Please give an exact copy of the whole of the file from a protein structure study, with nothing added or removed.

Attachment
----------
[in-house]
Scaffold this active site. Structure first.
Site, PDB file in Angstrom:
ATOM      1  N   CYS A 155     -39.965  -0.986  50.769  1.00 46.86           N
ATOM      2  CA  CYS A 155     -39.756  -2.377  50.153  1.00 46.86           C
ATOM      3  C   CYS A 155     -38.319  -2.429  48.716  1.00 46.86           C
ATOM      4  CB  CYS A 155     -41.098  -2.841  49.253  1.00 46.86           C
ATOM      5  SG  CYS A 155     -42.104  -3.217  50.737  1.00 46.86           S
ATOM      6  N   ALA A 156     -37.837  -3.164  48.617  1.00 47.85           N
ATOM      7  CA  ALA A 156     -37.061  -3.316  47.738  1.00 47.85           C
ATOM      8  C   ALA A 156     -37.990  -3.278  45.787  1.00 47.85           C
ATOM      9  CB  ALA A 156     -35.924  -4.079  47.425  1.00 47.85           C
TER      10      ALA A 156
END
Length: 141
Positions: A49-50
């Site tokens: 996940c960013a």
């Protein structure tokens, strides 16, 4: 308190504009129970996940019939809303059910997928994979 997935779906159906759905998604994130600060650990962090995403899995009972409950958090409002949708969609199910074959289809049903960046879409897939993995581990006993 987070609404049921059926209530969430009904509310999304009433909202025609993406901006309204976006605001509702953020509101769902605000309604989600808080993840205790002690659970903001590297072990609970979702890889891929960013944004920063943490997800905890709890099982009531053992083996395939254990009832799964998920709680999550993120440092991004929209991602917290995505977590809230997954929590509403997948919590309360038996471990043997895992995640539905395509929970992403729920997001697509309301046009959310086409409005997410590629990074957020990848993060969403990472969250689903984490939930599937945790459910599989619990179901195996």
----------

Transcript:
[in-house]
Scaffold this active site. Structure first.
Site, PDB file in Angstrom:
ATOM      1  N   CYS A 155     -39.965  -0.986  50.769  1.00 46.86           N
ATOM      2  CA  CYS A 155     -39.756  -2.377  50.153  1.00 46.86           C
ATOM      3  C   CYS A 155     -38.319  -2.429  48.716  1.00 46.86           C
ATOM      4  CB  CYS A 155     -41.098  -2.841  49.253  1.00 46.86           C
ATOM      5  SG  CYS A 155     -42.104  -3.217  50.737  1.00 46.86           S
ATOM      6  N   ALA A 156     -37.837  -3.164  48.617  1.00 47.85           N
ATOM      7  CA  ALA A 156     -37.061  -3.316  47.738  1.00 47.85           C
ATOM      8  C   ALA A 156     -37.990  -3.278  45.787  1.00 47.85           C
ATOM      9  CB  ALA A 156     -35.924  -4.079  47.425  1.00 47.85           C
TER      10      ALA A 156
END
Length: 141
Positions: A49-50
């Site tokens: 996940c960013a």
């Protein structure tokens, strides 16, 4: 308190504009129970996940019939809303059910997928994979 997935779906159906759905998604994130600060650990962090995403899995009972409950958090409002949708969609199910074959289809049903960046879409897939993995581990006993 987070609404049921059926209530969430009904509310999304009433909202025609993406901006309204976006605001509702953020509101769902605000309604989600808080993840205790002690659970903001590297072990609970979702890889891929960013944004920063943490997800905890709890099982009531053992083996395939254990009832799964998920709680999550993120440092991004929209991602917290995505977590809230997954929590509403997948919590309360038996471990043997895992995640539905395509929970992403729920997001697509309301046009959310086409409005997410590629990074957020990848993060969403990472969250689903984490939930599937945790459910599989619990179901195996």